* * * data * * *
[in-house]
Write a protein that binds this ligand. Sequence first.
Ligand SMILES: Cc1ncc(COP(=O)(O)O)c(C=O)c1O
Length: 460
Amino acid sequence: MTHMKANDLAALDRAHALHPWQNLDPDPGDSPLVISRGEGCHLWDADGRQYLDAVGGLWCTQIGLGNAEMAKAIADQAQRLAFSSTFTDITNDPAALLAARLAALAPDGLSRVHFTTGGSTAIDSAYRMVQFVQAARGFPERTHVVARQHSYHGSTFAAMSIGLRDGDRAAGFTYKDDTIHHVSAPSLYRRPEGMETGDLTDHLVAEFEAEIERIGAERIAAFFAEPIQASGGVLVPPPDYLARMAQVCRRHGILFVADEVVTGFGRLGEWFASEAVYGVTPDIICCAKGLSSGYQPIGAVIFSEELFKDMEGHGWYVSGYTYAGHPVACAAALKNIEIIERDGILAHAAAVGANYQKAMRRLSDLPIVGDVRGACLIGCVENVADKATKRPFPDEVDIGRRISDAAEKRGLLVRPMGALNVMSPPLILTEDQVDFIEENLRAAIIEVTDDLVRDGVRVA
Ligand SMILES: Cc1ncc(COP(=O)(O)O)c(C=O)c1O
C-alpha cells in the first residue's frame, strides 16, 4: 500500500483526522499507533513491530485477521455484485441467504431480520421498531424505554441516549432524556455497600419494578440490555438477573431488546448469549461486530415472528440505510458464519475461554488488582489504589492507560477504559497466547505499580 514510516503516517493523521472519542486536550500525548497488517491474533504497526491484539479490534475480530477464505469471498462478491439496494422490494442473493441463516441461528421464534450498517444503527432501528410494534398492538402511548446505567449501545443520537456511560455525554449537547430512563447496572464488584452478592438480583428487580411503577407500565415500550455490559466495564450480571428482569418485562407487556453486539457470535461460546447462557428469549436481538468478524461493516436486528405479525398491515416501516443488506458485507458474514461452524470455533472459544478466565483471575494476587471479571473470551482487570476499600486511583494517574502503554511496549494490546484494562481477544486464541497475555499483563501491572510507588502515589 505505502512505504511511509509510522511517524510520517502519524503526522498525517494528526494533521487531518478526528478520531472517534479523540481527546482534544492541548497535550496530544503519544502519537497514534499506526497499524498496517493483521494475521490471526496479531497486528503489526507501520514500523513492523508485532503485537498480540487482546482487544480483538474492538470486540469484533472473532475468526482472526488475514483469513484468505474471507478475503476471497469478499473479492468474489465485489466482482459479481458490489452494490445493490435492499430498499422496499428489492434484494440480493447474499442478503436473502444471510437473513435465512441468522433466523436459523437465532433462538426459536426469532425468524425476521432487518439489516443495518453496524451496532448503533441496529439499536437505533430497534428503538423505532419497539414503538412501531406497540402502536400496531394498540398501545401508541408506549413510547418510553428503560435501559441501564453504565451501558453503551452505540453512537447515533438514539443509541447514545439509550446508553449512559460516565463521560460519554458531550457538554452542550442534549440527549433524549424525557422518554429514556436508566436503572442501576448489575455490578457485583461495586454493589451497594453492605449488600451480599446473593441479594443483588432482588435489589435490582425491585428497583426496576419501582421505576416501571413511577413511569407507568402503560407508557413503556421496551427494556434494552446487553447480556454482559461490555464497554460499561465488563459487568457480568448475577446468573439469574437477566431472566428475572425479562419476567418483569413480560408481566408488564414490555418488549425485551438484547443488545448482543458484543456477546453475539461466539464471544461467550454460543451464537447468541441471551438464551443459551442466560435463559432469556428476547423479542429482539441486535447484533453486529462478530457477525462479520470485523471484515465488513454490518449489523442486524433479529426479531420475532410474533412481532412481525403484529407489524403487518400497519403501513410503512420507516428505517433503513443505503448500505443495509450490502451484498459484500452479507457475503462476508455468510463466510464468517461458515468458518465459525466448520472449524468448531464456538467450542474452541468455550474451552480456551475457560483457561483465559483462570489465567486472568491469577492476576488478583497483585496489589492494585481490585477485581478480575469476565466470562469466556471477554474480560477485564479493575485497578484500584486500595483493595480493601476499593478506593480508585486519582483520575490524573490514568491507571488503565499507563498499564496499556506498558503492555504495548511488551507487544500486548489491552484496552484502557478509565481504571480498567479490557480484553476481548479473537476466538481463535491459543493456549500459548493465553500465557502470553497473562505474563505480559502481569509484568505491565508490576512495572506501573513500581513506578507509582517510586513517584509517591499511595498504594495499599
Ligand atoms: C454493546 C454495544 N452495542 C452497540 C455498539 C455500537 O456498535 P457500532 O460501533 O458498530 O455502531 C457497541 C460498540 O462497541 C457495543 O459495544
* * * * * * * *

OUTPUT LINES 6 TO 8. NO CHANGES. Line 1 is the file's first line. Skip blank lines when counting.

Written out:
Ligand SMILES: Cc1ncc(COP(=O)(O)O)c(C=O)c1O
C-alpha cells in the first residue's frame, strides 16, 4: 500500500483526522499507533513491530485477521455484485441467504431480520421498531424505554441516549432524556455497600419494578440490555438477573431488546448469549461486530415472528440505510458464519475461554488488582489504589492507560477504559497466547505499580 514510516503516517493523521472519542486536550500525548497488517491474533504497526491484539479490534475480530477464505469471498462478491439496494422490494442473493441463516441461528421464534450498517444503527432501528410494534398492538402511548446505567449501545443520537456511560455525554449537547430512563447496572464488584452478592438480583428487580411503577407500565415500550455490559466495564450480571428482569418485562407487556453486539457470535461460546447462557428469549436481538468478524461493516436486528405479525398491515416501516443488506458485507458474514461452524470455533472459544478466565483471575494476587471479571473470551482487570476499600486511583494517574502503554511496549494490546484494562481477544486464541497475555499483563501491572510507588502515589 505505502512505504511511509509510522511517524510520517502519524503526522498525517494528526494533521487531518478526528478520531472517534479523540481527546482534544492541548497535550496530544503519544502519537497514534499506526497499524498496517493483521494475521490471526496479531497486528503489526507501520514500523513492523508485532503485537498480540487482546482487544480483538474492538470486540469484533472473532475468526482472526488475514483469513484468505474471507478475503476471497469478499473479492468474489465485489466482482459479481458490489452494490445493490435492499430498499422496499428489492434484494440480493447474499442478503436473502444471510437473513435465512441468522433466523436459523437465532433462538426459536426469532425468524425476521432487518439489516443495518453496524451496532448503533441496529439499536437505533430497534428503538423505532419497539414503538412501531406497540402502536400496531394498540398501545401508541408506549413510547418510553428503560435501559441501564453504565451501558453503551452505540453512537447515533438514539443509541447514545439509550446508553449512559460516565463521560460519554458531550457538554452542550442534549440527549433524549424525557422518554429514556436508566436503572442501576448489575455490578457485583461495586454493589451497594453492605449488600451480599446473593441479594443483588432482588435489589435490582425491585428497583426496576419501582421505576416501571413511577413511569407507568402503560407508557413503556421496551427494556434494552446487553447480556454482559461490555464497554460499561465488563459487568457480568448475577446468573439469574437477566431472566428475572425479562419476567418483569413480560408481566408488564414490555418488549425485551438484547443488545448482543458484543456477546453475539461466539464471544461467550454460543451464537447468541441471551438464551443459551442466560435463559432469556428476547423479542429482539441486535447484533453486529462478530457477525462479520470485523471484515465488513454490518449489523442486524433479529426479531420475532410474533412481532412481525403484529407489524403487518400497519403501513410503512420507516428505517433503513443505503448500505443495509450490502451484498459484500452479507457475503462476508455468510463466510464468517461458515468458518465459525466448520472449524468448531464456538467450542474452541468455550474451552480456551475457560483457561483465559483462570489465567486472568491469577492476576488478583497483585496489589492494585481490585477485581478480575469476565466470562469466556471477554474480560477485564479493575485497578484500584486500595483493595480493601476499593478506593480508585486519582483520575490524573490514568491507571488503565499507563498499564496499556506498558503492555504495548511488551507487544500486548489491552484496552484502557478509565481504571480498567479490557480484553476481548479473537476466538481463535491459543493456549500459548493465553500465557502470553497473562505474563505480559502481569509484568505491565508490576512495572506501573513500581513506578507509582517510586513517584509517591499511595498504594495499599
Ligand atoms: C454493546 C454495544 N452495542 C452497540 C455498539 C455500537 O456498535 P457500532 O460501533 O458498530 O455502531 C457497541 C460498540 O462497541 C457495543 O459495544